CHICAGO – July 11, 2010. Governor Pat Quinn today announced the signing of significant ethics reform legislation. The new laws require elected officials convicted of public corruption to forfeit money derived from the corrupt activity; and prohibit state funds from being used to finance a portrait of a governor who has been impeached and removed from office.
“The people of Illinois have demanded reform and greater responsibility from their elected officials,” said Governor Quinn. “These new laws will help root out corruption in Illinois and stop elected officials from benefiting from violating the public trust.”
Senate Bill 2551, sponsored by Sen. Dan Kotowski (D-Park Ridge) and Rep. Mark Walker (D-Arlington Heights), creates the Public Corruption Profit Forfeiture Act. Under the new law, elected officials convicted of public corruption will forfeit all profit derived from the corrupt activity to Illinois’ law enforcement agencies. They must also forfeit their campaign funds to the state. The legislation is modeled on an existing law that requires drug dealers to forfeit drug sales’ profits. The bill passed the Illinois General Assembly nearly unanimously and takes effect Jan. 1, 2011.
House Bill 5109, sponsored by Rep. Bill Black (R-Danville) and Sen. Michael Frerichs (D-Champaign), prohibits state funds from being used to finance a portrait of a Governor who was impeached and removed from office. The legislation still allows the gubernatorial portrait to be hung in the Capitol, but it may not be funded by taxpayers. The new law takes effect Jan. 1, 2011.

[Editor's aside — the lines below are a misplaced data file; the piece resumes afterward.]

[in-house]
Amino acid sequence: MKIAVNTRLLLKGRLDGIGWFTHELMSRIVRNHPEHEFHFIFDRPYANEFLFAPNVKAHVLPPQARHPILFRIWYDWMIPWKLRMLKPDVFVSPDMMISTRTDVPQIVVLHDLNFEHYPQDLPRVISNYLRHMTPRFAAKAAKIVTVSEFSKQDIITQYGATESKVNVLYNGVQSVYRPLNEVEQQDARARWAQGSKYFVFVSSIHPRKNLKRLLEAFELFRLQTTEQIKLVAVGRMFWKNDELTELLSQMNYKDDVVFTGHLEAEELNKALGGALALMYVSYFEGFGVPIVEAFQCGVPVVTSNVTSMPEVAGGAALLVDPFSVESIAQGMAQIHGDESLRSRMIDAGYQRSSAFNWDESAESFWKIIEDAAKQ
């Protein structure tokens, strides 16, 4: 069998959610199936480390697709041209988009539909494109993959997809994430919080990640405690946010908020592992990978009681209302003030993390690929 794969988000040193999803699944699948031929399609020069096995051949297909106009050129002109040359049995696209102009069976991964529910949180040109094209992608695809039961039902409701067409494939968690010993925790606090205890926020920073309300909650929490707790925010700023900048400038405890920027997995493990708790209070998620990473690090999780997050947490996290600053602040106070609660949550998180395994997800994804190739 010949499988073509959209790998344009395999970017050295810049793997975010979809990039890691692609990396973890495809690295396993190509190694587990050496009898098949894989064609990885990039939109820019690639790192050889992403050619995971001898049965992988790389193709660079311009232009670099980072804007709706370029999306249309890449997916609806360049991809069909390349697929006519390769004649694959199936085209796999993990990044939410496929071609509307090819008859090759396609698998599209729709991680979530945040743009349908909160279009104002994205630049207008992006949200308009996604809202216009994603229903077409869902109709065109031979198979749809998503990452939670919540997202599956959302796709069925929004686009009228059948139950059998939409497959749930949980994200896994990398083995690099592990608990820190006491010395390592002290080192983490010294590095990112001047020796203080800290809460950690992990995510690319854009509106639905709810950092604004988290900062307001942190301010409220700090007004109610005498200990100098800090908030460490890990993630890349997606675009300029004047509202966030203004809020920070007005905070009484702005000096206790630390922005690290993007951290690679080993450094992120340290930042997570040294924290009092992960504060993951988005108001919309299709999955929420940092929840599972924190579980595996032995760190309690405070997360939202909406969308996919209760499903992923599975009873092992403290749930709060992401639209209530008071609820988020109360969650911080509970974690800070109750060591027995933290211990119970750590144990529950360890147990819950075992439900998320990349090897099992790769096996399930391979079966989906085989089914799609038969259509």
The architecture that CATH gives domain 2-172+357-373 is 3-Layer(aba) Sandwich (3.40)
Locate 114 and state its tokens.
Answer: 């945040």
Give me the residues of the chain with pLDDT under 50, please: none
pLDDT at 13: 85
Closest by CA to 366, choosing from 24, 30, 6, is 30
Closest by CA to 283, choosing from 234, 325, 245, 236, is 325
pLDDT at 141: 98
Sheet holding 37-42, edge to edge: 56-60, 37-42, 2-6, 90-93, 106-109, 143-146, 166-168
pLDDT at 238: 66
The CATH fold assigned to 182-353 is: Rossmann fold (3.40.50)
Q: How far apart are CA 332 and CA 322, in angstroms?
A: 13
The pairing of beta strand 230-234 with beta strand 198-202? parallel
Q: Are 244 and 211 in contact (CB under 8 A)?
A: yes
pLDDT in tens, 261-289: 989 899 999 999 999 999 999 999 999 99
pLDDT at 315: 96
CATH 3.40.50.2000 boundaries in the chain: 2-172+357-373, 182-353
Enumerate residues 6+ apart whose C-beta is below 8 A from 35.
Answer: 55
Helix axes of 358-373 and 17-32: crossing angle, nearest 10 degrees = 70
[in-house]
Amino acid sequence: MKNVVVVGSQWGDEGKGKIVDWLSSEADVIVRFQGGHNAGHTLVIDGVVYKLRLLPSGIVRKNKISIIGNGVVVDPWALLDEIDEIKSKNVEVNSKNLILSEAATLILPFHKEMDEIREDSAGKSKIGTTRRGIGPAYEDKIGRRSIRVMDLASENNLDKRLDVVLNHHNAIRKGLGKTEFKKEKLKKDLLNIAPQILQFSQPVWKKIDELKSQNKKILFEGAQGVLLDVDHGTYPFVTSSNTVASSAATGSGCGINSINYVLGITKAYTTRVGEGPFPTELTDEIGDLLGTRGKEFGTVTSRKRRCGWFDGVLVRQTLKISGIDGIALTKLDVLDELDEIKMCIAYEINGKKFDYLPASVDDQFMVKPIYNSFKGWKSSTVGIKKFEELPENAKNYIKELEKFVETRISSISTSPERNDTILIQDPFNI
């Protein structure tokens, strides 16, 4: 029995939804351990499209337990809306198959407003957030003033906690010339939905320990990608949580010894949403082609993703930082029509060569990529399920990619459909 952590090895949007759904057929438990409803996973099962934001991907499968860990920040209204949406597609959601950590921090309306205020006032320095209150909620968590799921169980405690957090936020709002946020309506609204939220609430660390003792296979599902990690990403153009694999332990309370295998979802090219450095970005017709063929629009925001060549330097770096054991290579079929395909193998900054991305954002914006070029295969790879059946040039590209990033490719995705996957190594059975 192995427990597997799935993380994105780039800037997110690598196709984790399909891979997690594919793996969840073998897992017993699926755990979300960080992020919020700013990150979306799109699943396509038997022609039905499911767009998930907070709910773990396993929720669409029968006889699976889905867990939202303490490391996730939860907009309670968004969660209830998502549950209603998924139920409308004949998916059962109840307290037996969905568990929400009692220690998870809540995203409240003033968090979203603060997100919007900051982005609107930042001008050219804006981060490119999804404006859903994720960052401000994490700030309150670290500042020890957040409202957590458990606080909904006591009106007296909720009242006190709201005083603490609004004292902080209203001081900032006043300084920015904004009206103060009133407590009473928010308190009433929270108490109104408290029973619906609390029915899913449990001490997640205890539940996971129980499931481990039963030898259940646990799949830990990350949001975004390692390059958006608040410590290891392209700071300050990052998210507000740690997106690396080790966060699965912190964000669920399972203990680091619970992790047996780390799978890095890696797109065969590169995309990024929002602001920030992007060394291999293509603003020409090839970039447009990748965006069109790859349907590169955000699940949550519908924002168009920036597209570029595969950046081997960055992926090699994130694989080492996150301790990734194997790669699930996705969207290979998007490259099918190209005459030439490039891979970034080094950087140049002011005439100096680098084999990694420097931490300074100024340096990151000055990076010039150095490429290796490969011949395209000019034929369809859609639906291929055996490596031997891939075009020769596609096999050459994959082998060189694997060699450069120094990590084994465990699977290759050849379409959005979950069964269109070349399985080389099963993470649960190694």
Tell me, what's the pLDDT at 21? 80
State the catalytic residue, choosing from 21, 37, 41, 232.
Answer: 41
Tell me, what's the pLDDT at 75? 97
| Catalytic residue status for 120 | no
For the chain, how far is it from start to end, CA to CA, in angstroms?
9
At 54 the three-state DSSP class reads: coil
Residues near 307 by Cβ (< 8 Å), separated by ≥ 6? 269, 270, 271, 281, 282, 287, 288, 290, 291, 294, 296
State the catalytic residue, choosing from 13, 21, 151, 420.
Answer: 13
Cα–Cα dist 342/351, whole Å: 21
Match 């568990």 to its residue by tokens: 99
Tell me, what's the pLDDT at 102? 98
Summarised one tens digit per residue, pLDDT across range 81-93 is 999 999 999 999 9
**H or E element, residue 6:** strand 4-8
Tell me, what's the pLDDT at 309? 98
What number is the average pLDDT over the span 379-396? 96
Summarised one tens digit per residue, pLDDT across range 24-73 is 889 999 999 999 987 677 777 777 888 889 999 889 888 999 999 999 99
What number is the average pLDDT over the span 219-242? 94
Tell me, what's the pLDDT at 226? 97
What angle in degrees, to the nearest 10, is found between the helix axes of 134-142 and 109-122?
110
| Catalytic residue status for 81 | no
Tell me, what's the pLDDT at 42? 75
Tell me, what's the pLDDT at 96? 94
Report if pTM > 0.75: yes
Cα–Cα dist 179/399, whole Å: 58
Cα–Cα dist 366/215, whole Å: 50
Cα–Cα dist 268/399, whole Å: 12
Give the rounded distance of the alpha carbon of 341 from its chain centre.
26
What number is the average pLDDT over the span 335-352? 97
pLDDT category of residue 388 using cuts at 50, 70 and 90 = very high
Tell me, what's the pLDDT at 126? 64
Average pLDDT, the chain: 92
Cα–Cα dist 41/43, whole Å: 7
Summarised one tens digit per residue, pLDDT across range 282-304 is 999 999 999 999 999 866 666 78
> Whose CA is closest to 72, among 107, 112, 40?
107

Since taking office, Governor Quinn has made ethics reform a top priority. In his first official act, Governor Quinn signed an executive order establishing the Illinois Reform Commission. Later that year he signed ground-breaking campaign finance reform legislation into law that imposed Illinois’ first-ever contribution limits on candidates, political parties and political action committees.
Governor Quinn also led passage of legislation last year to allow Illinois residents to vote on a constitutional amendment for the power to remove a governor from office. If the measure is approved by voters this year, the Illinois Constitution would be amended to include the recall process.
In April 2009, Governor Pat Quinn launched Appointments.Illinois.gov, a Web site that allows Illinois citizens to access information about members and vacancies in the state’s 300 boards and commissions. The Web site was created under an executive order issued to ensure appointments to Illinois boards and commissions are open, fair and transparent.
After it was revealed that a “clout list” existed and that many on that list were granted favorable treatment and admission to the University of Illinois, Governor Quinn issued an executive order in June 2009 forming the independent Admissions Review Commission. Headed by former federal judge Abner Mikva, the Commission investigated the “clout list” claims and ultimately recommended that trustees of the University of Illinois’ Board of Trustees voluntarily resign. Governor Quinn subsequently made seven appointments to the board, including Christopher G. Kennedy, who was later elected chair of the board.
Governor Quinn unveiled Accountability.Illinois.gov (Aug. 2009) and Sunshine.Illinois.gov (March 2010) to provide the public with access to state government spending information and employee pay data through a single, searchable online portal. Governor Quinn also signed legislation in Aug. 2009 to strengthen the Illinois Freedom of Information Act (FOIA) by strengthening fines for noncompliance, allowing fewer exemptions and shortening the time for a government to respond to a request.